6/25/2012 - North Korea calls US-SKorean use of national flag in huge live-fire drills a grave provocation
North Korea on Monday called the use of its flag during U.S.-South Korean military drillslast week a serious provocation and evidence of U.S. hostility that justifiesthe growth of Pyongyang’s nuclear arms program.
The statement from an unidentified Foreign Ministry spokesman came on the 62ndanniversary of the start of the 1950-53 Korean War, which ended in a truce,leaving the Korean Peninsula still technically at war.
Animosity between the rival Koreas and between Pyongyang and Washington has deepenedsince a North Korean rocket launch in April that Seoul and Washington called acover for a test of banned long-range missile technology. North Korea says therocket, which broke apart shortly after liftoff, was meant to put a satelliteinto orbit.
Pyongyang has since threatened to attack Seoul’s conservative government and media if itdoesn’t get an apology for perceived insults against the country and its new,young leader, Kim Jong Un.
The U.S.-South Korean drills Friday were the allies’ biggest since the Korean War,and South Korean military officials called them a warning to North Korea. Ahuge North Korean flag on a hill disappeared behind flames and smoke as SouthKorean jets and U.S. helicopters fired rockets. The flag wasn’t hit.
“It is an extremely grave military action and politically-motivated provocation tofire live bullets and shells at the flag of a sovereign state without adeclaration of war,” said the North’s statement, which was dated Sunday but wasreleased by the official Korean Central News Agency early Monday.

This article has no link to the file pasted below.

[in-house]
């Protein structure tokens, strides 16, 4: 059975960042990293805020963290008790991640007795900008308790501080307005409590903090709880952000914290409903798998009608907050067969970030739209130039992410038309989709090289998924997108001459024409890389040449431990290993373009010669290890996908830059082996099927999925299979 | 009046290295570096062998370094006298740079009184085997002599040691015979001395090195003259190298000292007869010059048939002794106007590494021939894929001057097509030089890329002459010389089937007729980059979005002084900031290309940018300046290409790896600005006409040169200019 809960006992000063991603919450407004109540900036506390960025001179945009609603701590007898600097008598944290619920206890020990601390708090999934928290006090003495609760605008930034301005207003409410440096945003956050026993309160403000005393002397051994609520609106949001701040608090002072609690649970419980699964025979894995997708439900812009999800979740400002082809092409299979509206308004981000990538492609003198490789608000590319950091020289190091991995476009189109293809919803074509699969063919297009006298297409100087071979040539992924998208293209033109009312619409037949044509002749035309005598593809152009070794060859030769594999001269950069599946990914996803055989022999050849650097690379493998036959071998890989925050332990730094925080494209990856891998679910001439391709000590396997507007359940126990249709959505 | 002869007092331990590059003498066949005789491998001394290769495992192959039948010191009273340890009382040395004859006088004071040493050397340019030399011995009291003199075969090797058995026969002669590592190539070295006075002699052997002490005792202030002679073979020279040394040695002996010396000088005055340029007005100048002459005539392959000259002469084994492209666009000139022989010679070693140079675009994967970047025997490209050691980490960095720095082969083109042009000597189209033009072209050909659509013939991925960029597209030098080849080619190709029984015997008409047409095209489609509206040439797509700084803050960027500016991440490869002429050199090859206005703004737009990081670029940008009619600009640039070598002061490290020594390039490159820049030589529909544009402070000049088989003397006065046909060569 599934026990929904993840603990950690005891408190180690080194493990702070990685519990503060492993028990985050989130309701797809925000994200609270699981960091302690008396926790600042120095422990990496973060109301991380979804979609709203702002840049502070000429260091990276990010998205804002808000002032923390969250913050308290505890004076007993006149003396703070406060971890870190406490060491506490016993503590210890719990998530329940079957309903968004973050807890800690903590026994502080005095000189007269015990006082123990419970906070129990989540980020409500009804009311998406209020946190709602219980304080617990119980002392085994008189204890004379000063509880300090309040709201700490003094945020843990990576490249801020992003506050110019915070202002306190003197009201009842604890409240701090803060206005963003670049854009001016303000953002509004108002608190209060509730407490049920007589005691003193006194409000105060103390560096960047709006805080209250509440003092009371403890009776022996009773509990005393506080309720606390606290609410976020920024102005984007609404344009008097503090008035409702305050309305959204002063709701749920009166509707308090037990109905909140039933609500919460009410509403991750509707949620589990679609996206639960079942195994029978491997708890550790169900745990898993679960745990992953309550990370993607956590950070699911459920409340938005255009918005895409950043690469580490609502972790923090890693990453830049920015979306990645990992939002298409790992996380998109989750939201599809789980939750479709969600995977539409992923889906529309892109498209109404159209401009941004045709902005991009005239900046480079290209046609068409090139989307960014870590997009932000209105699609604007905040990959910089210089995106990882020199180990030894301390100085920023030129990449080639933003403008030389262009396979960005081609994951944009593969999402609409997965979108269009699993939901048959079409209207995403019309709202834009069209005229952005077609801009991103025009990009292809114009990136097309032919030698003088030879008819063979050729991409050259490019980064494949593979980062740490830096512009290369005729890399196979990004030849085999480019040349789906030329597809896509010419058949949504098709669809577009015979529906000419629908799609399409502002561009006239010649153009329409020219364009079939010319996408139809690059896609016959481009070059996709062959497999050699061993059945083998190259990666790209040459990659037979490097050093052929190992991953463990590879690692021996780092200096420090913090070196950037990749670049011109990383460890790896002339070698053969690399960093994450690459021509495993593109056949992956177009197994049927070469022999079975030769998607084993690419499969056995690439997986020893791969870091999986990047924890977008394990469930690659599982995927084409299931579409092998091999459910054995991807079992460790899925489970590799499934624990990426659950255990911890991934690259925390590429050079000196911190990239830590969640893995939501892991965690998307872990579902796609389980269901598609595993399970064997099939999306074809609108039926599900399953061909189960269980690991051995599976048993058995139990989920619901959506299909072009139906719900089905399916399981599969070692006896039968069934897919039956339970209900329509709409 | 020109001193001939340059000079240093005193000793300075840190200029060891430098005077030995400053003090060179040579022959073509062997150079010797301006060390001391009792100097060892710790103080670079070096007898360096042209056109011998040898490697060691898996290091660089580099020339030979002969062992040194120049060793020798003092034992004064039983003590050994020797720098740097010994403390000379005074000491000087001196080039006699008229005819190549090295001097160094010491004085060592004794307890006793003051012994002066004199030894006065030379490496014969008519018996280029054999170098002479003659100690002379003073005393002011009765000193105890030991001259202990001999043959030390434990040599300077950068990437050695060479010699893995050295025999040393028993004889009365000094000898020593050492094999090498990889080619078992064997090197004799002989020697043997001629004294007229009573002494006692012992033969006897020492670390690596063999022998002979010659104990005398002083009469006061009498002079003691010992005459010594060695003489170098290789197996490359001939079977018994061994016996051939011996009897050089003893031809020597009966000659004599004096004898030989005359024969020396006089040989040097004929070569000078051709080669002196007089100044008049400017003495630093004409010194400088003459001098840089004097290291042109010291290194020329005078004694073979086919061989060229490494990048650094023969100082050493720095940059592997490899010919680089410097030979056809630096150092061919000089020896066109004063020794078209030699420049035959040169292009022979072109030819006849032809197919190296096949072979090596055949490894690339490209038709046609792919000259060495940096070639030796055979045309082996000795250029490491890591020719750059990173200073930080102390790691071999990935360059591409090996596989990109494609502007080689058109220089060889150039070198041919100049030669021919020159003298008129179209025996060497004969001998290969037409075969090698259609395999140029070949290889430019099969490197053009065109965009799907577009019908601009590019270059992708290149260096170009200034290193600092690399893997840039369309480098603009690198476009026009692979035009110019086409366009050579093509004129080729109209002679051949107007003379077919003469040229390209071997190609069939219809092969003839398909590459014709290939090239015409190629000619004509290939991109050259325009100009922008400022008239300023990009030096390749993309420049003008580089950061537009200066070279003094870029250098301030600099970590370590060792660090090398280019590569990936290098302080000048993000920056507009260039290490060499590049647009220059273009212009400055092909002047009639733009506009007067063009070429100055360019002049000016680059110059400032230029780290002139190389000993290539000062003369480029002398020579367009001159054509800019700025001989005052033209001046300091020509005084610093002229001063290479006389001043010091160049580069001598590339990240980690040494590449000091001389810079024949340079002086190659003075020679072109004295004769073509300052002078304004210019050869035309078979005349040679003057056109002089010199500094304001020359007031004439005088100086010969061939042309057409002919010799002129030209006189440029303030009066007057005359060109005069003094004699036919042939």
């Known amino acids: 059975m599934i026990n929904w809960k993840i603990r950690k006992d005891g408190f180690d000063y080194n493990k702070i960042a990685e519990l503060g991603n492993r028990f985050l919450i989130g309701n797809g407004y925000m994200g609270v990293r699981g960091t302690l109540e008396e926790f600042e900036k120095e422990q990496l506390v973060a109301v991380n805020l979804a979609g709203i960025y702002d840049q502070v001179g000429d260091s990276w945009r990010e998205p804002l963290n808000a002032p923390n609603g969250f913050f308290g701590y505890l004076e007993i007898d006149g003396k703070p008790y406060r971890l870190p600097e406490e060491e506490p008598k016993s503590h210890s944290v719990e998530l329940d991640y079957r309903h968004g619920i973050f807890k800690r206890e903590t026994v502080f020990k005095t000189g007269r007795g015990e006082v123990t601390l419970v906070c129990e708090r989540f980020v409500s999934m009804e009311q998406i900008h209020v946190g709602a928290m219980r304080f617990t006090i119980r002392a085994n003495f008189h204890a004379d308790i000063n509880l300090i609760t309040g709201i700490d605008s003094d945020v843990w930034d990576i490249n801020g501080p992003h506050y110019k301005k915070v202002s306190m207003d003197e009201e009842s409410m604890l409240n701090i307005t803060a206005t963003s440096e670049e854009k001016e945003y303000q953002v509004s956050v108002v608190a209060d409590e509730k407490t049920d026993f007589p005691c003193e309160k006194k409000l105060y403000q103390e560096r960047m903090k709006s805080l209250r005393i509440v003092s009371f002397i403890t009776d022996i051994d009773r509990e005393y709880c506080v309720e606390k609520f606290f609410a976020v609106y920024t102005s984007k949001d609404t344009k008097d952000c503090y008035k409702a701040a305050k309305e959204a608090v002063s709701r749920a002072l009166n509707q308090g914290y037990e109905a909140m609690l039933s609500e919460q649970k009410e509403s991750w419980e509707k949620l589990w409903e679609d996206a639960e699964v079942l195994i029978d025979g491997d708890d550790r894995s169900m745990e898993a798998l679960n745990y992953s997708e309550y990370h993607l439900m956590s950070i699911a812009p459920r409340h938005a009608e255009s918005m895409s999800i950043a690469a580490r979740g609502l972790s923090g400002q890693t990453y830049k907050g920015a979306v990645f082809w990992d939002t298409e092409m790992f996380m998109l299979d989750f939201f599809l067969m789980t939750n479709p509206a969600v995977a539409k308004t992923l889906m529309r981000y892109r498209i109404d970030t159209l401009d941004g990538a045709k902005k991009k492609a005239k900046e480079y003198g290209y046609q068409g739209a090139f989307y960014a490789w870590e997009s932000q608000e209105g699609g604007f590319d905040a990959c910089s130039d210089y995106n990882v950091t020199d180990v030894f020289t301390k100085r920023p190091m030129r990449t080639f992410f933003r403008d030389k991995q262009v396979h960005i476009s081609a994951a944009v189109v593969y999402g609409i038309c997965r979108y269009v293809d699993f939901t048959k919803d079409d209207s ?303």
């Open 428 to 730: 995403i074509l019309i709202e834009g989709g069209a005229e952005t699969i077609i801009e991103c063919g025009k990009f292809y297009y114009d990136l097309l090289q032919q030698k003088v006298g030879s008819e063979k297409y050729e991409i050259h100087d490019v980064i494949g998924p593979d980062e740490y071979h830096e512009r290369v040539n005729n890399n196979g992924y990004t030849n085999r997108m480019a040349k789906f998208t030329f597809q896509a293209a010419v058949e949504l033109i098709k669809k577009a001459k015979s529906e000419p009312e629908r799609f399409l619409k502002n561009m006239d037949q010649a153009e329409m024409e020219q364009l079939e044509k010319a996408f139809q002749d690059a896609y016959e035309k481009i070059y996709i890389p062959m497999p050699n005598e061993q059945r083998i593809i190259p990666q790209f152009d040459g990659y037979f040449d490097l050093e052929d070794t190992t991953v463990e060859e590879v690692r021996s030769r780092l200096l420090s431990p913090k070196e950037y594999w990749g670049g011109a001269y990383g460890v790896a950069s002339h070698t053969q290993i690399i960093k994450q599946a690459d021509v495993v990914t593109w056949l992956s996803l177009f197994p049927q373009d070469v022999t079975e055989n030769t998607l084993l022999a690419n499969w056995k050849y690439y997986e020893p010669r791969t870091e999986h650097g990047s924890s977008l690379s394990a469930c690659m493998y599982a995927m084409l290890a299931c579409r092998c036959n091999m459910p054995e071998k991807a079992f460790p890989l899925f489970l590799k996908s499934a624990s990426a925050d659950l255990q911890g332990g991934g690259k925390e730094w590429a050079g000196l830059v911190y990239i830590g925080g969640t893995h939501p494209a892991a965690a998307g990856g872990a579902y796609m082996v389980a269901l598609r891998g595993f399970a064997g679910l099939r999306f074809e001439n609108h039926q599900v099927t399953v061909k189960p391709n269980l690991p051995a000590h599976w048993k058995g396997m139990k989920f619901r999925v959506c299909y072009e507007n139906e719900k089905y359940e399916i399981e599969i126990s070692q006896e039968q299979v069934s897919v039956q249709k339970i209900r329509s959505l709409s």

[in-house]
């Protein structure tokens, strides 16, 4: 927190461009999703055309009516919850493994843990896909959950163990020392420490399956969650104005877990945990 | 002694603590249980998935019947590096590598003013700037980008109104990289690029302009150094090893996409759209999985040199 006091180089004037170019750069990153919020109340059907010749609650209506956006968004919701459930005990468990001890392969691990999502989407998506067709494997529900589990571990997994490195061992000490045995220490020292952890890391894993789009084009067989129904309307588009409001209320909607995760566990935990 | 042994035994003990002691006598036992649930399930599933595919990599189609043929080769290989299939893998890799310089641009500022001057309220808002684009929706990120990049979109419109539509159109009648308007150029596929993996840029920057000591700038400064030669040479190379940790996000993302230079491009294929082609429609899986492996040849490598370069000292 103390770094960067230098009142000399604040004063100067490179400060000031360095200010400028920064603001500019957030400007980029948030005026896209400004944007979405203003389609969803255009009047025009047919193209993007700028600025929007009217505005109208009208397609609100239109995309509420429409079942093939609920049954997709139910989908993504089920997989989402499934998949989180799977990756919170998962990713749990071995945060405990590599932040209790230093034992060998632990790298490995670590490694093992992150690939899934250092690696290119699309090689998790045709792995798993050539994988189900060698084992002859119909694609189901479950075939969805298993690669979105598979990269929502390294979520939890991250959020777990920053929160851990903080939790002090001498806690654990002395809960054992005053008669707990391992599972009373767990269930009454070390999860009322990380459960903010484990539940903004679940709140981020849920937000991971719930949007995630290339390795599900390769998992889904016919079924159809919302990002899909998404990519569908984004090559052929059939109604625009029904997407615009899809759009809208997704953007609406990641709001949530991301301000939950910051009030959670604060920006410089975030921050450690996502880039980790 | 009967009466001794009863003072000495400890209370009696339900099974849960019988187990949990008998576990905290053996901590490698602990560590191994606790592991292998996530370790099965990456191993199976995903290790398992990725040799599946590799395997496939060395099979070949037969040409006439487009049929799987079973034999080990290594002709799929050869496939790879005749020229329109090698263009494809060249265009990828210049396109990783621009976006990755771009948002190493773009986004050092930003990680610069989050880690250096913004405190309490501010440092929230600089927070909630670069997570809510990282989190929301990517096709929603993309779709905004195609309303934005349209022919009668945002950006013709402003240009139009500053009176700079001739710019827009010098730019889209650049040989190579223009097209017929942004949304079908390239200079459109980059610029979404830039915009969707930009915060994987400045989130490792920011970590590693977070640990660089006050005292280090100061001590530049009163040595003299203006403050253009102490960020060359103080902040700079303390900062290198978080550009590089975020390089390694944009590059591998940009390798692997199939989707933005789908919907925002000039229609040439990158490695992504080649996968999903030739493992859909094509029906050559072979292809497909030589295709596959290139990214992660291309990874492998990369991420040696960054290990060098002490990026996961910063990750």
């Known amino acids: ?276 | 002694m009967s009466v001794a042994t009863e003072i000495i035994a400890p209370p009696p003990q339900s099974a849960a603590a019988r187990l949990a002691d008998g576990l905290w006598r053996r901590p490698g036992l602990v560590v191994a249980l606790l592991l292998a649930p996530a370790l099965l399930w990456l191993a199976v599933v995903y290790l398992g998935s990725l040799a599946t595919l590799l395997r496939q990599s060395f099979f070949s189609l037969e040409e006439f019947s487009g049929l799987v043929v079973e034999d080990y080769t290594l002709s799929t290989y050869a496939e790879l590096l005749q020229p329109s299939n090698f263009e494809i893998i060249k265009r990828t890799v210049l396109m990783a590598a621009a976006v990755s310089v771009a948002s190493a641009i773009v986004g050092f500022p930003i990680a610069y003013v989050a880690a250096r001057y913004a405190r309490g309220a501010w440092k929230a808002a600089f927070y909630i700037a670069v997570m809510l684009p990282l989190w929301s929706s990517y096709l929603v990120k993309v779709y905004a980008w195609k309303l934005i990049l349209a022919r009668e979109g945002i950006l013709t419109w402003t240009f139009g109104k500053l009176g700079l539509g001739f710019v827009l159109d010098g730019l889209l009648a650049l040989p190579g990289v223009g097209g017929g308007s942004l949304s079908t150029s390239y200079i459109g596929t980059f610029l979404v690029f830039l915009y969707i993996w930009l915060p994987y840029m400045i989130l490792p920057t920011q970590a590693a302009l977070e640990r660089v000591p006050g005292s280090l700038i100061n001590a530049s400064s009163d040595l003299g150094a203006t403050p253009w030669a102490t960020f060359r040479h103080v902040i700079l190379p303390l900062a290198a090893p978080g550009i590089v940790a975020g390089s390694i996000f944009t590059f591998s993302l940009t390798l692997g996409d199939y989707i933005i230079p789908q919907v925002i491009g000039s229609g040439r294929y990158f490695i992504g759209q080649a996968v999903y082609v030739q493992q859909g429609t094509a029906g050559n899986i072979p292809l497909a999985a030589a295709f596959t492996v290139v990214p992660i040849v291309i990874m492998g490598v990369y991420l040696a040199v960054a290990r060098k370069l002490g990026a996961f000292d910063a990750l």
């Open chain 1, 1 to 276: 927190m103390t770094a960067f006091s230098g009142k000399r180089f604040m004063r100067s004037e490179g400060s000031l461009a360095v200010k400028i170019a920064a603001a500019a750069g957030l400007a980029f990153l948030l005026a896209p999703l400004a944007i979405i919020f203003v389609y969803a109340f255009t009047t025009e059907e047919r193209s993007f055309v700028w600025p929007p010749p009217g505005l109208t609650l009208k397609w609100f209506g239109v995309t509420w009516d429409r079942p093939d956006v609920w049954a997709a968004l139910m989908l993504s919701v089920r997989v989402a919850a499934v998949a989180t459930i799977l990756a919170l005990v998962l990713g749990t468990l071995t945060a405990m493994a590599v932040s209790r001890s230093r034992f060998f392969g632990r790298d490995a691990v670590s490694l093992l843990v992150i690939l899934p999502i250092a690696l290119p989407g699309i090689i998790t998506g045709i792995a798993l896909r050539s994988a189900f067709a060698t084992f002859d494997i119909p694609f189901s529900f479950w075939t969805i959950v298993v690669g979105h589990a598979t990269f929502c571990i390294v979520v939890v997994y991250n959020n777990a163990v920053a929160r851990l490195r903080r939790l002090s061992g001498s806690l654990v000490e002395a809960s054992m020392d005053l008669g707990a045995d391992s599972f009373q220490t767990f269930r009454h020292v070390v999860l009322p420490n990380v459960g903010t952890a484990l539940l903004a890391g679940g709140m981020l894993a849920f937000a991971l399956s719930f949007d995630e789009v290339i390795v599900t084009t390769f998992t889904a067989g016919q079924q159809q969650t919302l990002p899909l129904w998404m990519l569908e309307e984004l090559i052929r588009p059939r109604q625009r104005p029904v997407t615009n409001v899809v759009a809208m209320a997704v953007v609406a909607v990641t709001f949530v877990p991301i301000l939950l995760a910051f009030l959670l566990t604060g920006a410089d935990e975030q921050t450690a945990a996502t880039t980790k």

The Foreign Ministry spokesman called the North’s nuclear program “an all-powerfultreasured sword for preventing a war and reliably protecting peace andstability on the Korean Peninsula.”
North Korea “will further bolster up its nuclear deterrent for self-defense as longas the U.S., the world’s biggest nuclear weapons state, persists in its hostilepolicy.”
The drills Friday coincided with several days of joint naval exercises involvingthe nuclear-powered aircraft supercarrier USS George Washington and separateU.S., South Korean and Japanese naval rescue drills. On Sunday, F-18 flightsarrived and departed every few minutes on the carrier as a light drizzle fellover choppy seas.
During a ceremony in Seoul on Monday, South Korean Prime Minister Kim Hwang-sik saidhis country “must focus on strengthening our national defense and securityawareness in order to prevent another Korean War from happening again.”